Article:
Grace’s Algerian Omelette

My three Bloomsbury Cookbook recipes to date have all been sweet so today I thought I would make something savoury. In her cookbook, Jans Ondaatje Rolls tells how Lydia Lopokova (John Maynard Keynes’ wife) had,

‘a passion for an omelette that Grace prepares; today I had it twice’.

I was intrigued because, to be honest, it didn’t sound that nice. A bit boring I suppose.

These are the ingredients:

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Eggs, onion, rice and stock cube. The tomatoes are for the sauce to serve it with. Nothing that tasty really. I was really beginning to think that Lydia lived on mashed potato if she got so excited about an onion.

The first steps were to slowly fry the onion in butter until soft, then add the rice and ‘1 cup stock’ and simmer for fifteen minutes. If you look at the metal cups, in the photo above, the largest one is one cup. That’s what I used. I used wholegrain basmati rice which said to cook for 25 minutes so I knew that my rice would take longer than the fifteen minutes stated in the recipe.

Well after half an hour the rice was still hard. I was beginning to wonder whether I should have used pre-cooked rice as the recipe is not at all clear. However, I am not a fan of reheating rice and it did say to simmer for 15 minutes as you would with uncooked rice so I was almost sure that my method was right.

I kept having to add more water, and more water and it was still hard 45 minutes later. I kept trying it and it tasted very nice but wasn’t getting soft enough to eat. I kept thinking … just ten more minutes.

The recipe says to ‘serve on a hot oval dish, surrounded with tomato sauce. That’s it. No sauce recipe so I had to make it up.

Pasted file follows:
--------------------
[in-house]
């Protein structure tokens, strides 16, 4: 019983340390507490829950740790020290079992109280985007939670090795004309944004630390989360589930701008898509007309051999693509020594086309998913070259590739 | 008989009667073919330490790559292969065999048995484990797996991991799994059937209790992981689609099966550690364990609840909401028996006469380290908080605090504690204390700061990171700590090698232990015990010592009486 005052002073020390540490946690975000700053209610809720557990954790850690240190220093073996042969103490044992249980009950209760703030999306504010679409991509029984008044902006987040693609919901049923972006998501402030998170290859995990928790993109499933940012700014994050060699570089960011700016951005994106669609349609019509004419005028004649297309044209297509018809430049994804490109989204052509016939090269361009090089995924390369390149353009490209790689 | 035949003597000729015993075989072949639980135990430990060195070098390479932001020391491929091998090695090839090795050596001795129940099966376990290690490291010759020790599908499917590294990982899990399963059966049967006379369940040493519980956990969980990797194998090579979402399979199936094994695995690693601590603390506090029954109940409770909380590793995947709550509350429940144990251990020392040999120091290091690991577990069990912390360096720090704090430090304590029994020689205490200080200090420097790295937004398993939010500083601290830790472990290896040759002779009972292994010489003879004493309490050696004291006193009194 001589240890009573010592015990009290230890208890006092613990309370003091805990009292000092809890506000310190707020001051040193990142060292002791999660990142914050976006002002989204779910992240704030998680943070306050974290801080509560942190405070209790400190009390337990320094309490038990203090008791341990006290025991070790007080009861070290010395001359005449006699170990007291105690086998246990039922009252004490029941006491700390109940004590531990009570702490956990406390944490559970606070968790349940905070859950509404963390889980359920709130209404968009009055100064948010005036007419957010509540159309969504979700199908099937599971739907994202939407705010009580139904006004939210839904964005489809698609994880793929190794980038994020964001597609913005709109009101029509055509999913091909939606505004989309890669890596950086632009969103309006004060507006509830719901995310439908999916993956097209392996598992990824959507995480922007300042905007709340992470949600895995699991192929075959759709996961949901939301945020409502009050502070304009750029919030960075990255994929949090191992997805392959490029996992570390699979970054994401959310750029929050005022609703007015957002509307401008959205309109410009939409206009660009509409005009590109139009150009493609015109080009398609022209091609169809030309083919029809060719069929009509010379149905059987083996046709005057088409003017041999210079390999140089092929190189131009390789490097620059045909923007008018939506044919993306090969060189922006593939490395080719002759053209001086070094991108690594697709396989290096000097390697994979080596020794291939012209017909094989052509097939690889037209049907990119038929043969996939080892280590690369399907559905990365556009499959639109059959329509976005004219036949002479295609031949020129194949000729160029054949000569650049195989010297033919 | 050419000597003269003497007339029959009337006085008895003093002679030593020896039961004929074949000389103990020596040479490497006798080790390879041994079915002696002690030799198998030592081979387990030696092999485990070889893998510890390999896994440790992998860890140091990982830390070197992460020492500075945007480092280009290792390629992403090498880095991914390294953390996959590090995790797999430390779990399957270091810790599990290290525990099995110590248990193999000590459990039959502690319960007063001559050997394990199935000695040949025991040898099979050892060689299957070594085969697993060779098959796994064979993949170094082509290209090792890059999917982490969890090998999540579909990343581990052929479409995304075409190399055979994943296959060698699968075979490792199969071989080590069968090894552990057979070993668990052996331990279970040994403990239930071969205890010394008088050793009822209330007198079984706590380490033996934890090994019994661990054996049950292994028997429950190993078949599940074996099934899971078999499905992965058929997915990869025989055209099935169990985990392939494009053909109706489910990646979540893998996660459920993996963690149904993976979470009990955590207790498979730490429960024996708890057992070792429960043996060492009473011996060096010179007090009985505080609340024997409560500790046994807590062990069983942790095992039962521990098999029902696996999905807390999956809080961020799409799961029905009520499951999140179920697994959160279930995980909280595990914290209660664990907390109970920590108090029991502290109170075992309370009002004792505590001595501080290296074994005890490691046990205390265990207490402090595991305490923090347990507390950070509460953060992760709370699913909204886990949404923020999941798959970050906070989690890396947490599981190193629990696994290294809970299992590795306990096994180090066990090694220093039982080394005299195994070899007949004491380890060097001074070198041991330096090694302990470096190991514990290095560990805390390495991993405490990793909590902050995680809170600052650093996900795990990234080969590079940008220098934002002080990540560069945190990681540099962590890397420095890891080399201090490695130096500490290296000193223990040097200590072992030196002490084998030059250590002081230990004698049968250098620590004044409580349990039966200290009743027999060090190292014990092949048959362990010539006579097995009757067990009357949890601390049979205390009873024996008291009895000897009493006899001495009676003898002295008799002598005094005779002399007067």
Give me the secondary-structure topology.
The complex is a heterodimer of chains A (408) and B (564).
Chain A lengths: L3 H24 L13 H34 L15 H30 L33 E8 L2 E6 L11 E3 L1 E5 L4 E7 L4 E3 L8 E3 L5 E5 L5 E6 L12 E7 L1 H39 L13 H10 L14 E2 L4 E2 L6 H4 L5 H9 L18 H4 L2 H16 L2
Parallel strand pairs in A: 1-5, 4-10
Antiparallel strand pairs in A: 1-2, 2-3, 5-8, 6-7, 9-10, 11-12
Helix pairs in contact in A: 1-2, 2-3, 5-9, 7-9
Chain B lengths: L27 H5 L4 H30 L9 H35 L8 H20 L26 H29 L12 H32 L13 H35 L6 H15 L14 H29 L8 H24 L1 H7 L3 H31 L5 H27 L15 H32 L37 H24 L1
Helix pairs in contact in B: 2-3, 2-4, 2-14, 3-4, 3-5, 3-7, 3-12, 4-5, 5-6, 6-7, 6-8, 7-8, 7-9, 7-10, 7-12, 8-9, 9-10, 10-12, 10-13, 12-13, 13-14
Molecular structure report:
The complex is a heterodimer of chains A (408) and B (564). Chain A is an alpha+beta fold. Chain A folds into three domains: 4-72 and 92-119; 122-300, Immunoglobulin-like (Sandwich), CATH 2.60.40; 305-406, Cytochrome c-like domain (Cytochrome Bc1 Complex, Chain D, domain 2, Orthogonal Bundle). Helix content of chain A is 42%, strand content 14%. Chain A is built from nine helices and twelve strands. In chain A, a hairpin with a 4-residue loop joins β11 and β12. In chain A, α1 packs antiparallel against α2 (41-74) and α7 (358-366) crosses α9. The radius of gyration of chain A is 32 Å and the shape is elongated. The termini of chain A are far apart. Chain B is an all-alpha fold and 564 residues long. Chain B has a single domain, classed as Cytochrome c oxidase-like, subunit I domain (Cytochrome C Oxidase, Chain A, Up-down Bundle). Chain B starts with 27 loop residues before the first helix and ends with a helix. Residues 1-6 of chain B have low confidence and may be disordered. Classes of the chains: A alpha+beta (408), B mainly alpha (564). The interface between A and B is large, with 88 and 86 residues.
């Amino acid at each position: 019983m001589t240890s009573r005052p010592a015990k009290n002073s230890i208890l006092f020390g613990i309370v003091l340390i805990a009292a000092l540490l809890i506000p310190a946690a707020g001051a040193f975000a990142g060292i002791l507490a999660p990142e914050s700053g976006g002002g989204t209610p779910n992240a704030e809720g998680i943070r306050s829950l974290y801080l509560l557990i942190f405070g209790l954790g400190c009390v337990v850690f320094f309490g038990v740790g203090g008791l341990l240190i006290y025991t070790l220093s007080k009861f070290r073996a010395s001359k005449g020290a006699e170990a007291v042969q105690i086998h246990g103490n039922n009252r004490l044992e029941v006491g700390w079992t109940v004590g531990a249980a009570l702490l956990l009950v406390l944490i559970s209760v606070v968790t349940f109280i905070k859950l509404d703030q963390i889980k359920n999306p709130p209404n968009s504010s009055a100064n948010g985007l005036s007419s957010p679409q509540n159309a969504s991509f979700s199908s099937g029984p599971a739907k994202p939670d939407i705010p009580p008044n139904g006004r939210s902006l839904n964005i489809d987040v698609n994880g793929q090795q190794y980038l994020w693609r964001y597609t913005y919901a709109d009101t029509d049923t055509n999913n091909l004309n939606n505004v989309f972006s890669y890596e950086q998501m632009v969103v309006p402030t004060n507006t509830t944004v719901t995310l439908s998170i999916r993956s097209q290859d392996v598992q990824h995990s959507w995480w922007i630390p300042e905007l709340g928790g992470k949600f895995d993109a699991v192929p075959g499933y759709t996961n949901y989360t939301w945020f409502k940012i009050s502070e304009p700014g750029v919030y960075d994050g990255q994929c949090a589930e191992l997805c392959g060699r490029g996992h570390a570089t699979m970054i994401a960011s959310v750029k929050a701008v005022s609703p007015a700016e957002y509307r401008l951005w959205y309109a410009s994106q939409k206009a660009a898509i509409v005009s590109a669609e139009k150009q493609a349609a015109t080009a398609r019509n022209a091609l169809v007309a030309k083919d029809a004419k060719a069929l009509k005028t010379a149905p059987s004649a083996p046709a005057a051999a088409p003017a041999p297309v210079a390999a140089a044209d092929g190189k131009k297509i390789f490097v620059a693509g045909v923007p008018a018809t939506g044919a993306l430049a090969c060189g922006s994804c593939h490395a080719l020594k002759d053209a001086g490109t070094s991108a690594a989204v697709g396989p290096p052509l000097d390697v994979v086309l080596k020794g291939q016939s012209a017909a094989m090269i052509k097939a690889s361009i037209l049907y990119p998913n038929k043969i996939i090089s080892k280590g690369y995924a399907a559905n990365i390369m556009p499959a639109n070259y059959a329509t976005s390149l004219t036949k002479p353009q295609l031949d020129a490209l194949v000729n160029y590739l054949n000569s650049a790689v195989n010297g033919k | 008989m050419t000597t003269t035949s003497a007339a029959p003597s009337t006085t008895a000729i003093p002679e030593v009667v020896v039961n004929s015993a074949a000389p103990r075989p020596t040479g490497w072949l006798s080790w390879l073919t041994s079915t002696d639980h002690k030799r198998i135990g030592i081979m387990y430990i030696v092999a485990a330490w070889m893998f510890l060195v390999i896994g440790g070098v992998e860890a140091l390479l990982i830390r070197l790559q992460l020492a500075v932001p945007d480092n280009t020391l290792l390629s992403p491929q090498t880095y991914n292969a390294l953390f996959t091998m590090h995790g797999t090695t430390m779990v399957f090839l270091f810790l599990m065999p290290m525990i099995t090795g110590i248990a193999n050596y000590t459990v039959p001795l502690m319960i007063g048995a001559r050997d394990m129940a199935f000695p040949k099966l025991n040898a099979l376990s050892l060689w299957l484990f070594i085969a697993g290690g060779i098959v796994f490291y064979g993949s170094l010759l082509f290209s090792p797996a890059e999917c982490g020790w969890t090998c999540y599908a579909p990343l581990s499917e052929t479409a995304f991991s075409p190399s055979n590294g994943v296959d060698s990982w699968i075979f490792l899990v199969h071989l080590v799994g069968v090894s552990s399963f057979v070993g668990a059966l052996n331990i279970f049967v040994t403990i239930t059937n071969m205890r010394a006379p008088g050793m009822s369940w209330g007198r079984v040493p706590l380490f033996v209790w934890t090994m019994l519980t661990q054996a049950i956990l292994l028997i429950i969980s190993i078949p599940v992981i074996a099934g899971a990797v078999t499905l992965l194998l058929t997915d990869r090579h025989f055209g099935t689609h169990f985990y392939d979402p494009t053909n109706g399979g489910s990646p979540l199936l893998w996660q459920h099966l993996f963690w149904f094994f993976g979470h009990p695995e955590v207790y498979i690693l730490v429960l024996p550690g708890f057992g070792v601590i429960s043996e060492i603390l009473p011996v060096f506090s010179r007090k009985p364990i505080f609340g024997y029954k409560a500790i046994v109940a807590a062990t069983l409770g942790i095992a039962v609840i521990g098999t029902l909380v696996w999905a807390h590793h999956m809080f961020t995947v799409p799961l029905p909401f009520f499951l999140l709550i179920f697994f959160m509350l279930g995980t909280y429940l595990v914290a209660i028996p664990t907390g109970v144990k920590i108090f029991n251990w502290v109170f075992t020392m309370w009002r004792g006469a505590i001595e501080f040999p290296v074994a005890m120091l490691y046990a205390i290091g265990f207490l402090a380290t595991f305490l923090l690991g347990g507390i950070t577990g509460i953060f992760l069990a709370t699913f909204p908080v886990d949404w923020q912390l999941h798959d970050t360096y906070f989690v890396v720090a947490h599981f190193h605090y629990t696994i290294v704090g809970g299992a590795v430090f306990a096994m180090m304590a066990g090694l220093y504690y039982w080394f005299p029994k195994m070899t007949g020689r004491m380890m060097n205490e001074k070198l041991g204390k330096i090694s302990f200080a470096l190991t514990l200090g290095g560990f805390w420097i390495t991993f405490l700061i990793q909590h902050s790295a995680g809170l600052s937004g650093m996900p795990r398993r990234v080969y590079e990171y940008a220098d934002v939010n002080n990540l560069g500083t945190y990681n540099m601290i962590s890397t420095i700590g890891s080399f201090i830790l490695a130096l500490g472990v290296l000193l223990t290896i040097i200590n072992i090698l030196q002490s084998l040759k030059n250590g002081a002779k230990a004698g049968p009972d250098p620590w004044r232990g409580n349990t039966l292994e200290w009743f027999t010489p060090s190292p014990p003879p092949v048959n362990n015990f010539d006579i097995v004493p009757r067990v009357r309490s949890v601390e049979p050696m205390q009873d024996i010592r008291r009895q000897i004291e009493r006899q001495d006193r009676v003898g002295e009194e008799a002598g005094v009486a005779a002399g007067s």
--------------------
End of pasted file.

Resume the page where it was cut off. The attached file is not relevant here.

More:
My ingredients: small plum tomatoes, tomato puree, olive oil, Oregano and Thyme.

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I just heated the above ingredients in a pan and it turned out very well. The herbs that I chose were ones that were stated in the cookbook in other recipes so I assumed they would have been freely available.

Still waiting, and testing for softness, so much that I feel I have eaten a portion already. More water, higher temperature and hope for the best. At last, after about an hour things are softening up. The flavour is very intense in a strong savoury sort of way. That can’t be just down to one vegetarian stock cube can it? Must be because there isn’t a lot of other stuff in there.

Time for the omelette and the spreading of the onion/rice mixture on top.

And the verdict? Well it tasted very nice and wasn’t bland as I thought it would be. I was really fed up by the end with it needing so much simmering but perhaps that was my choice of rice or not enough water. Anyway, the top and bottom of it is: NO, I would not make it again, but YES I would eat it if someone put it in front of me already made but I wouldn’t want it twice in one day like Lydia did, or even twice in one month. Nice but not that nice.

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